I almost always do my best work from home. I like to think in my own space where I can control the temperature, the environment, and most of all, the noise level. I generally work in total silence. If there is music or conversation going on around me when I work, my attention tends to redirect from the task at hand to whatever the distracting sound is. This obviously limits my productivity and is one of the biggest reasons why I like to do most of my work in my bedroom rather than out in public.
But lately, I’ve been diversifying my work environment. I’ve spent a ton of time in the library over the past couple of weeks. I’ve found myself reading at my church and at coffee shops instead of in the solitude of my bedroom. These places are noisy. The library is full of students, there’s a preschool of screaming children at my church, and Starbucks is probably one of the loudest places one can go due to its popularity. I thought the noise would limit my ability to work, but it actually did just the opposite. Being around other people and hearing them talk, move around, and go about their days actually helped me concentrate on what I was doing. And when I tried to work from home again, I missed the noise. Somehow, I found the noise not only helpful, but comforting.
I generally tend to live a noiseless life. I’m not talking about literal volume so much as the seemingly unnecessary things in life that tend to distract us more than to enhance our productivity. My life is usually a never-ending to-do list, and I am constantly going through the process of trimming out things that keep me from getting that list done in the quickest way possible. I’m not particularly social. I don’t go out a lot because I try to focus on work. And I’ve given up certain TV shows not because I didn’t enjoy them but simply because they were taking up too much of my time. I have a habit of trimming unnecessary time commitments (aka “noise”) out of my life. It’s just something that I’ve been taught to do.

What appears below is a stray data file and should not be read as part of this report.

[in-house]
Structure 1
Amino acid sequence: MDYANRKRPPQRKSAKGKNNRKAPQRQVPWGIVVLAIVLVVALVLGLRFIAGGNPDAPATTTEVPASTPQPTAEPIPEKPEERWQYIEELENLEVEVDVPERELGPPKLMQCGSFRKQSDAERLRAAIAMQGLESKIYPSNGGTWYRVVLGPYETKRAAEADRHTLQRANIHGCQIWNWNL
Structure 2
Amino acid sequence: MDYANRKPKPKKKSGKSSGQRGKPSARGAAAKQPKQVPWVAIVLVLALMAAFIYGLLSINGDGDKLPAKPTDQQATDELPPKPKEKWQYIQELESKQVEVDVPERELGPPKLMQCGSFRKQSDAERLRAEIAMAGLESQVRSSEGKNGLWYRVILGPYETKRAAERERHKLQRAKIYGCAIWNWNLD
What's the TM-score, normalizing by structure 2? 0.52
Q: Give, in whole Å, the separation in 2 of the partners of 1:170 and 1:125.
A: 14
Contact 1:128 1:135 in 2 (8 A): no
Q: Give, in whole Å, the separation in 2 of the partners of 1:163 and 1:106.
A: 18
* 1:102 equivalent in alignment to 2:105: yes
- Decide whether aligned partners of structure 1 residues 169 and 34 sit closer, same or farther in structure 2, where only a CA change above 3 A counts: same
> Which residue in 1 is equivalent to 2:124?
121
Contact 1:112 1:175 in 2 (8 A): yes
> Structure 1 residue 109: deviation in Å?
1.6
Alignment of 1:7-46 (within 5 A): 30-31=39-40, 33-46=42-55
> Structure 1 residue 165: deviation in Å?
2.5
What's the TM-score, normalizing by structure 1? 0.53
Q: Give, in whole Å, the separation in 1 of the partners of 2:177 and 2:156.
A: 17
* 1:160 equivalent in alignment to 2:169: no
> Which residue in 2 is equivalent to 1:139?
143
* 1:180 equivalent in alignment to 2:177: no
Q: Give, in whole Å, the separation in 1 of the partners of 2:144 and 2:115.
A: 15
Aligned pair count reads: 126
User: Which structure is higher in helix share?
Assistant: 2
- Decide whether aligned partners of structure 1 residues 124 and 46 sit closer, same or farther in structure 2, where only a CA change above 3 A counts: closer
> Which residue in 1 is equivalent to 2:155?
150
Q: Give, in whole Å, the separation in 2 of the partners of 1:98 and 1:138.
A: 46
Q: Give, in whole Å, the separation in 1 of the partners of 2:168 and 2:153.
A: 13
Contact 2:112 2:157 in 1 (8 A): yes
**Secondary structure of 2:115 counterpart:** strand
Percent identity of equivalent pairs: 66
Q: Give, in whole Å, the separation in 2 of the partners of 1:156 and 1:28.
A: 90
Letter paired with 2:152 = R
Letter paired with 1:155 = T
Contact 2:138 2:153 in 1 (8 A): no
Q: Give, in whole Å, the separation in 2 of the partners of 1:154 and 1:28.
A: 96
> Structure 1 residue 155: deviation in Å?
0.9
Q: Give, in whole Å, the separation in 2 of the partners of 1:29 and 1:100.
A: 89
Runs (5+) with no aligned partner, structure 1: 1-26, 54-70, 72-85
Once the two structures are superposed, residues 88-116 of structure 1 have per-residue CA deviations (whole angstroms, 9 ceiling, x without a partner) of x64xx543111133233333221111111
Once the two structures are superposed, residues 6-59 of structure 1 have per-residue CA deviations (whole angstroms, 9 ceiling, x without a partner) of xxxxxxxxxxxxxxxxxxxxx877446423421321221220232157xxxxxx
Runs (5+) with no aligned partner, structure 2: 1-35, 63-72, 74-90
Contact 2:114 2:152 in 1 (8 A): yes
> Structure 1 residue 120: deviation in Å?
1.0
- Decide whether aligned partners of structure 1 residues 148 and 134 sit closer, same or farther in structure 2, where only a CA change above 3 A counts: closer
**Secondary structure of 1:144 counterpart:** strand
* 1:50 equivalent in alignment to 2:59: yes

But recently, I’ve been re-thinking my stance towards noise. What if noise isn’t so much an unnecessary distraction as a necessary release? What if we all need a little bit of inefficiency, of impracitcality, in our lives? What if the noise is what grounds us and keeps us connected to the world when we’re tempted to get so wrapped up in ourselves that we can’t even recognize that there’s something outside of us anymore?
I understand that not all noise is good. We are bombarded in our culture by so many voices that can harm us. I do believe that we should filter out and avoid that kind of noise to the best of our abilities. But not all voices are harmful. And not all noise is bad. We just have to learn to distinguish the bad from the good.
There’s a reason I miss the noise when it’s gone. Because the noise is real. The noise is grounding. And the truth is that I need the noise from time to time, no matter how hard I try to keep it out. So I’m going to embrace the noise, not avoid it. I can’t let the noise keep me from accomplishing my goals and requirements, but that doesn’t mean I have to cut the noise out altogether. Noise in and of itself isn’t bad. So embrace the noise, and see what it can do for you.